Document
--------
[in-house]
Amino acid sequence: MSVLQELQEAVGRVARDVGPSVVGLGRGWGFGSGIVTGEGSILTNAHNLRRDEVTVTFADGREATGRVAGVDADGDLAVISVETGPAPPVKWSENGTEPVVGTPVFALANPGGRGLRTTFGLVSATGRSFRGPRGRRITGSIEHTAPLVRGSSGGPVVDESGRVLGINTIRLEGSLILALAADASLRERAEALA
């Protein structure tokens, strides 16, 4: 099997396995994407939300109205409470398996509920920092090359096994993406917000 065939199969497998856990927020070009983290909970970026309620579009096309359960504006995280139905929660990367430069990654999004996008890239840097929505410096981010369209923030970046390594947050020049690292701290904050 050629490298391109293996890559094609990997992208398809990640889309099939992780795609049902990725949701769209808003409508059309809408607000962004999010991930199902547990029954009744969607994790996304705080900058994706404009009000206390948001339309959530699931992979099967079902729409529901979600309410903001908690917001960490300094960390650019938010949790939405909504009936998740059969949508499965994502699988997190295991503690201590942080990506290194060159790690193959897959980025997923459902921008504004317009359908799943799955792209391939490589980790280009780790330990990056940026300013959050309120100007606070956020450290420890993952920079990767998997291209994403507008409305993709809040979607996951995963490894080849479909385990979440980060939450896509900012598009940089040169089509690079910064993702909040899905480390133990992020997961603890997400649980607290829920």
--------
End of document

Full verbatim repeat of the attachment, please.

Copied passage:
[in-house]
Amino acid sequence: MSVLQELQEAVGRVARDVGPSVVGLGRGWGFGSGIVTGEGSILTNAHNLRRDEVTVTFADGREATGRVAGVDADGDLAVISVETGPAPPVKWSENGTEPVVGTPVFALANPGGRGLRTTFGLVSATGRSFRGPRGRRITGSIEHTAPLVRGSSGGPVVDESGRVLGINTIRLEGSLILALAADASLRERAEALA
């Protein structure tokens, strides 16, 4: 099997396995994407939300109205409470398996509920920092090359096994993406917000 065939199969497998856990927020070009983290909970970026309620579009096309359960504006995280139905929660990367430069990654999004996008890239840097929505410096981010369209923030970046390594947050020049690292701290904050 050629490298391109293996890559094609990997992208398809990640889309099939992780795609049902990725949701769209808003409508059309809408607000962004999010991930199902547990029954009744969607994790996304705080900058994706404009009000206390948001339309959530699931992979099967079902729409529901979600309410903001908690917001960490300094960390650019938010949790939405909504009936998740059969949508499965994502699988997190295991503690201590942080990506290194060159790690193959897959980025997923459902921008504004317009359908799943799955792209391939490589980790280009780790330990990056940026300013959050309120100007606070956020450290420890993952920079990767998997291209994403507008409305993709809040979607996951995963490894080849479909385990979440980060939450896509900012598009940089040169089509690079910064993702909040899905480390133990992020997961603890997400649980607290829920």